James B. Reston and the Rise and Fall of American Journalism
By John F. Stacks
Little, Brown -- 373pp -- $29.95
Power, as Henry Kissinger once famously suggested, may be an aphrodisiac. But for journalists, especially in Washington, mere access to power is headier stuff still. Having top officials trust you enough to confide secrets is an intoxicating but dangerous brew. In the news biz, what separates the great ones from the hacks is an ability to disengage from what can be very personal transactions, probe rather than parrot what the powerful tell you, and then speak the truth as you see it. And the hardest part is doing this in such a way that the powerful will still talk to you after your story comes out.
A rare and rich exploration of this encounter between journalism and power can be found in Scotty: James B. Reston and the Rise and Fall of American Journalism by John F. Stacks. The absorbing, first-rate biography of one of the 20th century's greatest journalists has a provocative thesis: As a correspondent and later Washington bureau chief for The New York Times, the legendary Reston walked the line more skillfully than anyone before or since--and yet it was "so difficult that in the end even Scotty Reston could not sustain it." In fact, as Stacks shows, it's shocking how hard he fell.
Stacks, a veteran Time magazine editor, knows this world and writes about it with aplomb. Blessed with the cooperation of the Reston family (Scotty died in 1995), Stacks has also checked everything with multiple sources. The resulting portrait acknowledges Reston's greatness without glossing over his ultimate seduction. Readers witness pivotal events stretching from World War II through Watergate as Reston, with his extraordinary contacts, viewed them. The volume will captivate anyone with an interest in politics, public policy, and the strange ways of the Fourth Estate.
The son of pious, poor Scottish immigrants, Reston first made his mark as the captain of the University of Illinois golf team and, later, in the public-relations office of the Cincinnati Reds baseball team. How he became the most powerful journalist of his era is an American success story: He was talented, yes--but Reston was also indefatigable in cultivating useful friends and playing office politics.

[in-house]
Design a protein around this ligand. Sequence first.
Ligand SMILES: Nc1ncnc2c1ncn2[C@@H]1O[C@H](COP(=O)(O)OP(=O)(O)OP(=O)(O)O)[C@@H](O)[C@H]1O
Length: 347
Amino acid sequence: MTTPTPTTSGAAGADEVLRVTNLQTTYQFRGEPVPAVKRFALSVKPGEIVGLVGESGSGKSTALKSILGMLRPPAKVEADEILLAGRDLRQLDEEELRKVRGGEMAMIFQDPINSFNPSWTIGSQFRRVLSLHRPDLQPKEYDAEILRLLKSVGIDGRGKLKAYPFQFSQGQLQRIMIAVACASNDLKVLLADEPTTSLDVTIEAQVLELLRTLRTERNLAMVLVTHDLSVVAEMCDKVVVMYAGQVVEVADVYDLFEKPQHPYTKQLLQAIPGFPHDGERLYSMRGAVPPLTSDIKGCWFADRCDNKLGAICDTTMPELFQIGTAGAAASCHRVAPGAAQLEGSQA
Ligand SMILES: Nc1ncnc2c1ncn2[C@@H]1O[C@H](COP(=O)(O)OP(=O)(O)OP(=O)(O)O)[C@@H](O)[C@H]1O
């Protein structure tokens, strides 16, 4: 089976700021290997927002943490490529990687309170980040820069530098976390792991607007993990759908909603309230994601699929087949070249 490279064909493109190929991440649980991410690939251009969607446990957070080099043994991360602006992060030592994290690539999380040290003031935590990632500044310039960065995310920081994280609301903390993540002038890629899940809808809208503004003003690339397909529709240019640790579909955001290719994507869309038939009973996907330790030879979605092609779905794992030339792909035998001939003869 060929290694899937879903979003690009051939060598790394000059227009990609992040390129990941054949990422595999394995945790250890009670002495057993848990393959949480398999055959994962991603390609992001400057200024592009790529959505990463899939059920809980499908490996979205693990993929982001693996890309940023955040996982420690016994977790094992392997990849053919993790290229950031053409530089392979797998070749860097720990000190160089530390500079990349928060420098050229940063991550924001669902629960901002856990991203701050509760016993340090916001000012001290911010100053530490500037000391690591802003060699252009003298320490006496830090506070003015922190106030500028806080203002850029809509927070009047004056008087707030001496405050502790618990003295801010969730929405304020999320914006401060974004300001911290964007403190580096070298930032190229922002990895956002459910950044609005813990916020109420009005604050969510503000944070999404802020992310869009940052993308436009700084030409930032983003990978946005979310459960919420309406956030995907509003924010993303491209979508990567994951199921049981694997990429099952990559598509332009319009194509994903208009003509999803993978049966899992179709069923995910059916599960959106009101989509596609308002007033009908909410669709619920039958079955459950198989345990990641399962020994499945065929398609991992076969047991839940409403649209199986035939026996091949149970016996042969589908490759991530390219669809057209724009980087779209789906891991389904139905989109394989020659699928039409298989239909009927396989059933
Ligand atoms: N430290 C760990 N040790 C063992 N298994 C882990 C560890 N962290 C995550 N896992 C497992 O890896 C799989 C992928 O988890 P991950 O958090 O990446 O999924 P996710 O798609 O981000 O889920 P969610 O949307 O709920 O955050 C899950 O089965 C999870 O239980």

Reston's greatest gift, Stacks believes, was "his understanding of how to use what he learned." Not only did the journalist have extraordinary entree to history in the making, but "he understood its importance, he conveyed it to his readers, and he protected his future access to the most powerful."
Reliving this career is like visiting a garden of lost treasures. From Dwight D. Eisenhower to Lyndon B. Johnson, Presidents thought nothing of picking up the phone and spilling their guts to Reston. His power didn't always come from reporting what he knew. Sometimes it was the result of withholding information. Stacks combs out the extraordinary roles Reston played in deciding what the public would learn during the Cuban Missile Crisis, the Bay of Pigs fiasco, and the bombing of Hanoi.
Reston became not just famous but rich as well. The New York Times provided him with a huge salary, a car, even the company jet. Yet Reston, a trusting soul who believed in the goodness of American ideals and institutions, became so wrapped up in his role as Father Confessor to the Powerful that he lost the ability to make critical news judgments. For example, Stacks describes how, a year after Reston bought a small community newspaper on Martha's Vineyard as a plaything, he was among the first to learn that a car driven by Senator Edward Kennedy had plunged into the water off a Chappaquiddick bridge. Reston phoned the story in to the Times with the lead: "Tragedy has again struck the Kennedy family," not mentioning victim Mary Jo Kopechne until the fourth paragraph. The story had to be rewritten.
The next day, Reston and Times reporter Joseph Lelyveld went to the scene, where they found the two kids who had discovered the car and who had called the police. "Lelyveld took notes," says the author, while Reston, who felt this was a soon-to-be forgotten incident, "took a fishing rod out of his car and began fishing with the boys." Lelyveld reflected later: "He had no sense of how people outside of Washington would see the story."
But Stacks saves his harshest criticism for Reston's sycophantic relationship with Kissinger, the only official in the paranoid Nixon Administration who would talk to him. Kissinger wrapped Reston around his finger, going so far as to get him to serve as a delivery boy. During an interview with Fidel Castro, Reston once paused to declare: "I'd like to put on my diplomatic hat, because I have a message for you from the Secretary of State, Henry Kissinger. He wants to begin negotiations to normalize relations."
Stacks's message in all this for modern-day journalism? Not what you might think. He notes that Reston ultimately became too close to those in power. But "his core notion that those in government, more often than not, were trying to do the right thing for the United States of America" might serve us all better after September 11 than the "corrosively reciprocal cynicism" that has come to characterize press-government relations. Sad to say, Stacks sees few signs that things are changing. A good starting point might be to have both press and government officials read this engrossing and thoughtful volume.
By Douglas Harbrecht